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Low Cheong Kee
THERE IS THE saying that “change is the only constant”, and businessman Low Cheong Kee is fully aware of that. It explains why his mantra seems to be ‘adopt, adapt and improve’. The founder of Homefix, the chain of DIY stores learnt to be versatile from his grandfather and parents.
His grandfather opened a shop in the early 1960s selling charcoal and chopped wood. A decade later, as Singaporeans moved from kampungs into flats, his parents realised that paint, plumbing items and tools were in demand, and added these items to their inventory, when they opened a new hardware store.
In 1993, as homeowners flocked to malls to shop, Mr Low set up his first Homefix store in Siglap Centre, stocking up on power tools and gadgets. Younger brother, Cheong Yew, later joined the business as a director.
In the last 25 years, the number of Homefix outlets grew to 26. But over the last two and half years, he began a right-sizing exercise, cutting down the number of stores to 11, to manage rising rent and manpower costs. Gone were the days when the more retail stores a brand had, the better.
Instead, Mr Low, 54, added more offerings. At a market fair in December, Homefix officially launched its online retail store, TISBO, short for Try In Store Buy Online, Homefix Rental, Homefix Home Services, Homefix Japan, and XPC or Homefix Experience Centre, a makerspace for craftsmen and tinkerers.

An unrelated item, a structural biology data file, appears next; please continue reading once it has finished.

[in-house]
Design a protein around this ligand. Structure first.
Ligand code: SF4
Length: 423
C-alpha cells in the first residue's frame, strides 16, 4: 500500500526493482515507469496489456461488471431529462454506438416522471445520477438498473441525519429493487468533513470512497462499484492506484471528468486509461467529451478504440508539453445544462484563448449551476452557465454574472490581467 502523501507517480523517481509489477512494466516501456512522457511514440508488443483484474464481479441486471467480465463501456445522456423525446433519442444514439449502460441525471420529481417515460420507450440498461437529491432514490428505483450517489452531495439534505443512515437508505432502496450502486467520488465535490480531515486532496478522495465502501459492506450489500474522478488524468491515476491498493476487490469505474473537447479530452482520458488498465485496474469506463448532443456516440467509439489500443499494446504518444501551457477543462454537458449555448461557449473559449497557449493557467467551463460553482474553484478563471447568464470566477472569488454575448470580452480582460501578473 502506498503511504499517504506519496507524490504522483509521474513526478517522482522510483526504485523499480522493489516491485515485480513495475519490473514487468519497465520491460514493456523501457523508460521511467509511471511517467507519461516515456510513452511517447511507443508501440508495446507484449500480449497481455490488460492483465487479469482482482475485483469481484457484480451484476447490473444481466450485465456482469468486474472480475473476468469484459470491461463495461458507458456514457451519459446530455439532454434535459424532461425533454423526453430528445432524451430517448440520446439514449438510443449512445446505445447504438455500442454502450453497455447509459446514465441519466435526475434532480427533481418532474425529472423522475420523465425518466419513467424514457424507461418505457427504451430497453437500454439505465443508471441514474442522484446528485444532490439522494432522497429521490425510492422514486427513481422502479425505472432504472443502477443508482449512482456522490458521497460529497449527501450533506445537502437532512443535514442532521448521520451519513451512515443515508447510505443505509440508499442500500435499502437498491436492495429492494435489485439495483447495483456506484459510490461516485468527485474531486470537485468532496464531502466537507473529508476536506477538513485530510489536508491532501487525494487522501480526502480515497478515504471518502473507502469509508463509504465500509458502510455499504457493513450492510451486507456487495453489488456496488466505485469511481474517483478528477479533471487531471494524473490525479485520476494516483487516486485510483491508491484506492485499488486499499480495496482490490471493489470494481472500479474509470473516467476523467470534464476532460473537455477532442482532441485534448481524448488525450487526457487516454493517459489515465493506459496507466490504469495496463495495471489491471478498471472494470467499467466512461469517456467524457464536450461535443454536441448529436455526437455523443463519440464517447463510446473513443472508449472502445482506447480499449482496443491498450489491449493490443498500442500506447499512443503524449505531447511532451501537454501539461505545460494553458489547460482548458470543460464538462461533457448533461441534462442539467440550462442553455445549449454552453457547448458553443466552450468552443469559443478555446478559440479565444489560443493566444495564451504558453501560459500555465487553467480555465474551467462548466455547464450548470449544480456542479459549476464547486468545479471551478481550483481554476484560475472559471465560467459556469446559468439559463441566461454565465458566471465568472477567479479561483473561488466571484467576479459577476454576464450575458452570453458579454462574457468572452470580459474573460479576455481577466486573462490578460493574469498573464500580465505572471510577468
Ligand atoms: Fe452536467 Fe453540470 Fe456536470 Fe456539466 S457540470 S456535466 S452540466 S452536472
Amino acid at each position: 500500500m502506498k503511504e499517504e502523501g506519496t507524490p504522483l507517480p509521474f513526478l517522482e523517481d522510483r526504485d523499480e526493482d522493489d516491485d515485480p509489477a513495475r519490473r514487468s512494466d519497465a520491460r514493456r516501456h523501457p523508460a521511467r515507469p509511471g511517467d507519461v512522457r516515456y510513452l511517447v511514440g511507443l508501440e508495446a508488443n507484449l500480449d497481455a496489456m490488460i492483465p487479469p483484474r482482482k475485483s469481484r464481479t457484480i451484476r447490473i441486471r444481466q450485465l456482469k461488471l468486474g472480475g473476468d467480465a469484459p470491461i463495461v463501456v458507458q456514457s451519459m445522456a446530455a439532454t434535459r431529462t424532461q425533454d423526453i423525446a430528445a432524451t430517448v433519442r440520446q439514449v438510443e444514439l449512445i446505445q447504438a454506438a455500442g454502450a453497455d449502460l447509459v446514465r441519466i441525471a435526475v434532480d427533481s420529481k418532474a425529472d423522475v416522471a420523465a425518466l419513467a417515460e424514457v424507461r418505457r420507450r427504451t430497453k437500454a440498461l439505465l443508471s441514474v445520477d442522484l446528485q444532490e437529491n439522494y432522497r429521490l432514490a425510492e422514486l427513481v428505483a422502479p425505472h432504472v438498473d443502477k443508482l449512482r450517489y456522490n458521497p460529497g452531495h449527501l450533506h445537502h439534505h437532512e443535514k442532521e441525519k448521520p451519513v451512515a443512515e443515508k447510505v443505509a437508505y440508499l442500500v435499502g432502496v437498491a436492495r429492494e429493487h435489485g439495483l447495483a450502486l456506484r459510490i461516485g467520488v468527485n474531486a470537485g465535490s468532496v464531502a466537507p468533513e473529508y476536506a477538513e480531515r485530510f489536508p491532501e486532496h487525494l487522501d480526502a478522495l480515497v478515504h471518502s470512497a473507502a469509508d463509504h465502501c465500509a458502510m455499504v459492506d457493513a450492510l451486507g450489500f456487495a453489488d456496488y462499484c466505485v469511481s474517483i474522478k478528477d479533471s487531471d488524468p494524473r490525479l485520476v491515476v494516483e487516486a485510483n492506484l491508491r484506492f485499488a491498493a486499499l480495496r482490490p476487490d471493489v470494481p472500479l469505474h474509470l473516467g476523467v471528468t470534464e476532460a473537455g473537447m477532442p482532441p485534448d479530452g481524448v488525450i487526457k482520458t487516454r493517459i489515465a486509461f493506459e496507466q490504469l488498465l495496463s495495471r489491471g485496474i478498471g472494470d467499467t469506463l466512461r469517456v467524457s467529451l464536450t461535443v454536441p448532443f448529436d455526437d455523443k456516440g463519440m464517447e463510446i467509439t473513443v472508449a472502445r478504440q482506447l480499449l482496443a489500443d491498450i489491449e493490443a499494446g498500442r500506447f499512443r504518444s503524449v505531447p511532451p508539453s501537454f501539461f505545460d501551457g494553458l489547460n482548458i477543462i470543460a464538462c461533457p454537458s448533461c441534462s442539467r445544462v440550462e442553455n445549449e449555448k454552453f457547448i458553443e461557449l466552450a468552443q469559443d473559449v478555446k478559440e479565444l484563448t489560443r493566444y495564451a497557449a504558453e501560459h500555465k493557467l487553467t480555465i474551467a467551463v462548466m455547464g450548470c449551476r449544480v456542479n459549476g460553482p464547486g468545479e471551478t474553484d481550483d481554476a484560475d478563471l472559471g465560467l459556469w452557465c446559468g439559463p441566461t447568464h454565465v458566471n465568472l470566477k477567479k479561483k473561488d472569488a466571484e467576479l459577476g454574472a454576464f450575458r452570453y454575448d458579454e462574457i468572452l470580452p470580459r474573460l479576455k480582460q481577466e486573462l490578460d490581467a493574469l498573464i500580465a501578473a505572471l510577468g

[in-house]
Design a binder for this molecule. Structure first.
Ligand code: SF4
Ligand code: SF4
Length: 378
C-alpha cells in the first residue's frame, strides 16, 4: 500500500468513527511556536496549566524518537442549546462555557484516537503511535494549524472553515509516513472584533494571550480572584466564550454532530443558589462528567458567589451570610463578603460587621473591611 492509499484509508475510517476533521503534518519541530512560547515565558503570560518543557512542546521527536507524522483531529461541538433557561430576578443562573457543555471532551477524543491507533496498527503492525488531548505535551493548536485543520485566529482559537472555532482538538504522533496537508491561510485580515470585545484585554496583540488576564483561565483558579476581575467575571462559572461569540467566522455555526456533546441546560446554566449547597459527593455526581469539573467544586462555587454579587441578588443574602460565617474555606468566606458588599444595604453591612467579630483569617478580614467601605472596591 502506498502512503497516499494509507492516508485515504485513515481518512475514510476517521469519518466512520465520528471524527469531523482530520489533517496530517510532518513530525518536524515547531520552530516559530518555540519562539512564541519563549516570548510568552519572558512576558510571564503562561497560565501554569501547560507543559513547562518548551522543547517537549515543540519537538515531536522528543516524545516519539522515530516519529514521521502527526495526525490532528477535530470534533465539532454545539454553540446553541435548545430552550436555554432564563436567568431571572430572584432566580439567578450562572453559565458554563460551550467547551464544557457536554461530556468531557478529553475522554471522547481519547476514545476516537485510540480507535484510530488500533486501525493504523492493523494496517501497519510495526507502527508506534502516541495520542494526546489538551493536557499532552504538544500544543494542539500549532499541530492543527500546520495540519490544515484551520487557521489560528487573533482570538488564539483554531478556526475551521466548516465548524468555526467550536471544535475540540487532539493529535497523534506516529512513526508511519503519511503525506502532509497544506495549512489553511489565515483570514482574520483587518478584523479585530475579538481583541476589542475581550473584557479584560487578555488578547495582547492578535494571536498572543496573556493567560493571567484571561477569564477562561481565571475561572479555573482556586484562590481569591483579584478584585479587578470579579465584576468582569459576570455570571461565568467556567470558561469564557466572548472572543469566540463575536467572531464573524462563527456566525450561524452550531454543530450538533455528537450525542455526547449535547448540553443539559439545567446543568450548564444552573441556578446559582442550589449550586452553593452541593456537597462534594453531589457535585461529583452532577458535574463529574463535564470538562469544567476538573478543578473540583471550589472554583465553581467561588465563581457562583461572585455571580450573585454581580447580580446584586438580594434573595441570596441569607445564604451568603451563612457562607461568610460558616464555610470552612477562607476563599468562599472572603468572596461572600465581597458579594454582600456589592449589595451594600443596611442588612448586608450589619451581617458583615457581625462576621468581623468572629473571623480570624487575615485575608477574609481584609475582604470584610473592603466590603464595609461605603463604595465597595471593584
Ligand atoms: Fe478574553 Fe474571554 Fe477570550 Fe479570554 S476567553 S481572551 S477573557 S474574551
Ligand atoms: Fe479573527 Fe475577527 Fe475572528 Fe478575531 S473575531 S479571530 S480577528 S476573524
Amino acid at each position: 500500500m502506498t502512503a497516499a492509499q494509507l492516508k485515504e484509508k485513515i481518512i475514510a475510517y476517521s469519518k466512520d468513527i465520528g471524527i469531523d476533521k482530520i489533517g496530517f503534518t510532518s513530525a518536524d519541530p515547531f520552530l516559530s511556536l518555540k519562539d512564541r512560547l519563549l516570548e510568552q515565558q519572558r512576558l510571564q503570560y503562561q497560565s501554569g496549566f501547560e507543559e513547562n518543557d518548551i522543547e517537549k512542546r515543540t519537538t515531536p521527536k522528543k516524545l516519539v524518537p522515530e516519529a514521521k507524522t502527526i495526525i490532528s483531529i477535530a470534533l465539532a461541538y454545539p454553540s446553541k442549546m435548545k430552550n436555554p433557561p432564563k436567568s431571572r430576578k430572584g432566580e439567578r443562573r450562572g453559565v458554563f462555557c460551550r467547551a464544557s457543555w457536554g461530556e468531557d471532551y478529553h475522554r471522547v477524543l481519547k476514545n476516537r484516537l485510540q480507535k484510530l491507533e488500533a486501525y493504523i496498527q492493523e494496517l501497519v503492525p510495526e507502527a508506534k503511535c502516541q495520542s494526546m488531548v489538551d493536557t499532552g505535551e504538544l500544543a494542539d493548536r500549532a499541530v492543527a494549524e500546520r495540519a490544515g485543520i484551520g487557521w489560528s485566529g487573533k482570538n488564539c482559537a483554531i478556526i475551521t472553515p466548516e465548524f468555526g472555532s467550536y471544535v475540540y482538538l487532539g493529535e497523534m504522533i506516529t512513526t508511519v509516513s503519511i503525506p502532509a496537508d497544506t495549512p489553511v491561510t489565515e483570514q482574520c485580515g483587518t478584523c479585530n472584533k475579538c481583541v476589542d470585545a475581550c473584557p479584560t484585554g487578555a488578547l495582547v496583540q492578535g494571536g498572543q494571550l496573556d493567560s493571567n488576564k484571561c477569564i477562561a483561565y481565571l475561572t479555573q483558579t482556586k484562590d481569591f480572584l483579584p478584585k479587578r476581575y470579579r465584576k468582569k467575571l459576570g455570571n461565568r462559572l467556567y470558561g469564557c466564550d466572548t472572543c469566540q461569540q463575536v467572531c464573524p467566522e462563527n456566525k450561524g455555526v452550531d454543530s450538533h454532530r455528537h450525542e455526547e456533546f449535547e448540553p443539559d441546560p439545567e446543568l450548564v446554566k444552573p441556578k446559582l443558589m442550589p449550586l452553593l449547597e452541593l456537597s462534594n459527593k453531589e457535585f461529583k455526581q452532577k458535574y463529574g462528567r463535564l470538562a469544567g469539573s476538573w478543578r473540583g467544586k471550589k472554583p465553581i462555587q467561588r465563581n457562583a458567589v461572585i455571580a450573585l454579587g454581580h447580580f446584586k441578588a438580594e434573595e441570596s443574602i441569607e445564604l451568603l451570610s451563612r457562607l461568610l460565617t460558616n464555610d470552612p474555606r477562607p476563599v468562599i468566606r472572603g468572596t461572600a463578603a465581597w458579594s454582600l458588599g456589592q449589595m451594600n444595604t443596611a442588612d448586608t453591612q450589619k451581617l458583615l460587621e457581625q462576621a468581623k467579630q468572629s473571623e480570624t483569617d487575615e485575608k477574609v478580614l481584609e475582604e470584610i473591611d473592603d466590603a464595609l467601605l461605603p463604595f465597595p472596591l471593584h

How is the DIY scene now compared to when you started Homefix?
Back then, DIY was pitched as fun, helping consumers save money, and instilling in consumers a sense of pride in home improvement. Those values still hold true. But we now have to go against the grain. Singaporeans still don’t have that culture of DIY compared to Australia or European countries, which is why Homefix has moved from DIY to DIFY, or Do It For You. Rather than consumers having to DIY, they can use our Home Services to help with repairs and improvements around the home, such as changing doors and gates, setting up a smart home network, and painting.
My generation is competent with tools andwoodworking, but not the younger generation, who don’t have these skills, and that’s a shame. They would rather pay for a service, hence we started DIFY. At the same time, some processes have gotten more complicated. For example, changing LED lights is not as simple as merely replacing the bulb, hence consumers today would rather not do it themselves.
Homefix’s new services sound novel, especially for hardware stores in Singapore. Where do you get the ideas for them?
We have a committee working on ideas and everyone keeps abreast of what is happening around them. The Homefix Rental service allows consumers to rent tools rather than buy them. We saw how the sharing economy works, such as Grab, AirBnb and coworking spaces, and so we took that concept and adapted it to tools. It makes more sense to rent too.